Camellia 'Night Rider Two' xera plants

Camellia x williamsii ‘Night Rider’

One of the very best of all Camellias. This remarkable hybrid bears small semi double black/red flowers with petals that have a glossy rubbery quality. The thin foliage is deep green black as well and new growth is brilliant red before settling down. Slow growing shrub for shade to full sun to 6′ tall by 4′ wide in 8 years. Regular summer water speeds up the growth rate. Otherwise light consistent summer water is recommended. There is so much of the chemical that makes up the hue red that even the roots are brilliant blood red. Handsome at all times and cold hardy. Not an easy Camellia to produce in a container- easy and adaptable in the ground. Blooms late for a Camellia- March to April.

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Camellia x lutchuensis ‘Minato no Akebono’

This lovely winter blooming Camellia hybrid includes the fragrant species C. lutchuensis and has simple highly perfumed pink flowers. The 4″ open single flowers have fluted petals that are medium pink with darker pink stains at the petal tips. Fast growing shrub that shows excellent hybrid vigor. Glossy evergreen leaves are perfect year round. Open branching pattern features the clusters of cinnamon scented flowers from December to March. To 9′ tall and 4′ wide in 8 years. Full sun to quite a bit of shade in rich to average well drained soil. Consistent summer moisture ensures superior flower bud set. Elegant Camellia.

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Fatsia japonica ‘Variegata’

Not easy to find this is a most regal evergreen shrub. The large palmate leaves are emargined in splashes of white. In autumn the large candleabra like flowers structures are themselves variegated white. White orbs of flowers at the tips. To 8′ x 8′ in 7 years. Full shade to part shade in average to rich well drained soil.  Adapted to dry shade. Drought adapted but tolerates regular irrigation. Fast growing. Variegation becomes more conspicuous as this shrub ages. Moderate deer resistance.

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Choisya x ‘Goldfingers’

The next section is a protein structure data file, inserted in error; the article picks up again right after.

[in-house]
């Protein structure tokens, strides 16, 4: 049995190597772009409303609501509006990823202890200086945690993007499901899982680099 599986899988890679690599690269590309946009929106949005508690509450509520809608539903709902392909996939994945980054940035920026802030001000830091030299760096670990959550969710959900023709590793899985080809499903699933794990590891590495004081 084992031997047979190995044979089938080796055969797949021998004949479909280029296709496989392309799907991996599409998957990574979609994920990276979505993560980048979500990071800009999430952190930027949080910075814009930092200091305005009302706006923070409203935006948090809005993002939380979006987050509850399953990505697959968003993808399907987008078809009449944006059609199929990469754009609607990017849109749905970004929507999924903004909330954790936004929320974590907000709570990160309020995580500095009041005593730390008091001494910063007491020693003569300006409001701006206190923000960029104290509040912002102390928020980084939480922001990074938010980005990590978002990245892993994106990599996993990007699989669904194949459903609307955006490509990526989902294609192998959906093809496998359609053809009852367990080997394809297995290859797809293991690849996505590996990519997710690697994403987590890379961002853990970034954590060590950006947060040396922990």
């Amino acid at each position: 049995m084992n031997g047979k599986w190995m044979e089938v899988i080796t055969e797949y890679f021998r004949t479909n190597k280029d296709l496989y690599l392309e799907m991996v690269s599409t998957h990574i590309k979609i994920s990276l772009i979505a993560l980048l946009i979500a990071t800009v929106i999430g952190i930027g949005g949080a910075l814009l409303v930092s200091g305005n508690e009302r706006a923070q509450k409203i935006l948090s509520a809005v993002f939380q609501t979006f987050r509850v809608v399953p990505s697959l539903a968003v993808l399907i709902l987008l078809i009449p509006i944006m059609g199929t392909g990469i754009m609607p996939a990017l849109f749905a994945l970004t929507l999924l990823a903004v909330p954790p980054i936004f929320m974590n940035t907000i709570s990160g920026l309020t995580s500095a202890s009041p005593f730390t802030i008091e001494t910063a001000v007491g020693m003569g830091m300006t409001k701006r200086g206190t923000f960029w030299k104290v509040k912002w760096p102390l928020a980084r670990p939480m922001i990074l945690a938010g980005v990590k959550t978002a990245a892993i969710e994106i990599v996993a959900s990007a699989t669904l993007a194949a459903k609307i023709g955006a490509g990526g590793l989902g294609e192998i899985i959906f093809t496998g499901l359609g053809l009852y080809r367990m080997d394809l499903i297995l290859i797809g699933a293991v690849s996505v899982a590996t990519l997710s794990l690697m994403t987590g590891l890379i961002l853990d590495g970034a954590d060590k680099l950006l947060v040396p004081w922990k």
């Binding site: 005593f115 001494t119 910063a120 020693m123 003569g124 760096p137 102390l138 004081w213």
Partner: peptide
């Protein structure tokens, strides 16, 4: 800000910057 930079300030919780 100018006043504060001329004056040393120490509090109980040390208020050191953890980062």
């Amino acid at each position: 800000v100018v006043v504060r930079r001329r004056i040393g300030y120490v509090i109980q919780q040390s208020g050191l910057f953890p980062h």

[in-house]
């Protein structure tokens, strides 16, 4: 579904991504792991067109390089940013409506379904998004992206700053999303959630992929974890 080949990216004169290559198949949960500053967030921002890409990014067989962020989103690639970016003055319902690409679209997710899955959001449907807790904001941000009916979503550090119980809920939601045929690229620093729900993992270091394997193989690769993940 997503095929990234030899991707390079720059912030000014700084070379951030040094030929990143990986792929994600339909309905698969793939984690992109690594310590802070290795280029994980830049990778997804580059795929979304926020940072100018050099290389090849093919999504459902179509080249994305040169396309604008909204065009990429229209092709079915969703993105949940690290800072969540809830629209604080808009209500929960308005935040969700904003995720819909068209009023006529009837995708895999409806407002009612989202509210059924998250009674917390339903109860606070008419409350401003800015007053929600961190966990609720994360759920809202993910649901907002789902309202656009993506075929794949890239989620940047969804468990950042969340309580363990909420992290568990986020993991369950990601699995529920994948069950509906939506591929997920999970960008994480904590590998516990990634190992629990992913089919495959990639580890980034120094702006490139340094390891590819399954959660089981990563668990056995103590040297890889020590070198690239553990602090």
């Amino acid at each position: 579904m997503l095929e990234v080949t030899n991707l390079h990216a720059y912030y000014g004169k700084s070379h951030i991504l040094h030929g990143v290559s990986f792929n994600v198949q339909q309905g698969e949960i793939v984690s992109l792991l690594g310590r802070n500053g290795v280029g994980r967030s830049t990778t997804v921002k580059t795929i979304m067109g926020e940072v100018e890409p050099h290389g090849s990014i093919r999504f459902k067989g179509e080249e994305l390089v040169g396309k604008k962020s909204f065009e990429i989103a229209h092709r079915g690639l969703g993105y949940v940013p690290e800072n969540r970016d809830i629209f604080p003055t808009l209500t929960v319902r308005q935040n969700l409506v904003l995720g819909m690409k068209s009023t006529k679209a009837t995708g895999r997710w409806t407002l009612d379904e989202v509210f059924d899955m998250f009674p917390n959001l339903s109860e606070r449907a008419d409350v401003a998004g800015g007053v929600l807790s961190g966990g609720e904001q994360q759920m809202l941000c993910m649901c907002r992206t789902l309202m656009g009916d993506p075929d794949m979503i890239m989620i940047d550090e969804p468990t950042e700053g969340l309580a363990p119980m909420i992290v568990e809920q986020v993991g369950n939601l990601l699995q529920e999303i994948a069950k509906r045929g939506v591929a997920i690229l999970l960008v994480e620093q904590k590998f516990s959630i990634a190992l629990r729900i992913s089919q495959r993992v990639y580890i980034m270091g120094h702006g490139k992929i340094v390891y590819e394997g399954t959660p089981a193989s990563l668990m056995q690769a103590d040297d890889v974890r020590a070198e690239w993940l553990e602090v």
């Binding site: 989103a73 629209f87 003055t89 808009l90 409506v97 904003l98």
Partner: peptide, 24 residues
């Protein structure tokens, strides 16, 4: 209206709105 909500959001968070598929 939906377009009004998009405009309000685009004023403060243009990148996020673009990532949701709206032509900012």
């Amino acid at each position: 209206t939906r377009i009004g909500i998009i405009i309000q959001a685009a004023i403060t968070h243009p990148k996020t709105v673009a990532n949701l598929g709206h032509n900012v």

Excellent hybrid Mexican Orange selected for glowing golden foliage. The finely divided palmate leaves have the fine texture of bamboo. Tolerates full sun and becomes deeper green and less dense in more shade. In March and again in November fragrant clusters of pure white flowers appear. Drought tolerant when established but summer irrigation tolerant as well. Nice clipped hedge (not sheared but thoughtfully clipped) to let the patterns of the leaves layer and reveal themselves. Moderately deer resistant. To 4′ x 5′ in 5 years.

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Ceanothus x deslilianus ‘Topaz’

Possibly the darkest blue flowering cultivar that blooms in the summer. This hybrid is technically supposed to be deciduous but for us it never has been. Large panicles of cobalt blue flowers erupt from the current seasons growth in June to July. Remove spent flowers and more may follow. To 5′ x 3′ in average to enriched soil with REGULAR summer water. Good drainage. Easy to resize as it blooms on new wood, it may be cut to as low as 18″ in early spring. Black seed capsules follow the flowers and persist until birds relieve them of their contents in autumn. Excellent in borders, as a specimen, or informal hedge-row. Not as drought adapted as most of the genus. This plant is best with consistent moisture through its bloom period- not boggy (ever) but consistent. Remarkable flower color- moody, deep indigo.

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Carpenteria californica

Bush Anemone is a locally rare native of the Sierra Nevada foothills in Fresno County in central California. This tough evergreen shrub with thin deep green leaves set against pale exfoliating glossy bark is perfectly hardy to cold and drought. In May/June 3″ wide pure white flowers with a central yellow boss of stamens are sweetly fragrant. Full sun to almost full shade in any soil with adequate drainage. Adaptable to dry clay soils and able to endure extreme drought. High deer resistance. Extraordinarily  climate adapted- enduring summer drought and winter rain. Appreciates good air circulation. No crowding. To 8′ tall and 5′ wide in 6 years. Often left alone by deer- but they will definitely try newly installed plants.  One of our most treasured west coast native shrubs. Very long lived sited correctly and denied summer water. Accepts blasting reflected heat. In time you can limb up the shrub to reveal the white/taupe exfoliating bark which appears glossy with age- this also assists in the air flow that this shrub craves.  A monotypic genus. There’s just one species. Limited quantities.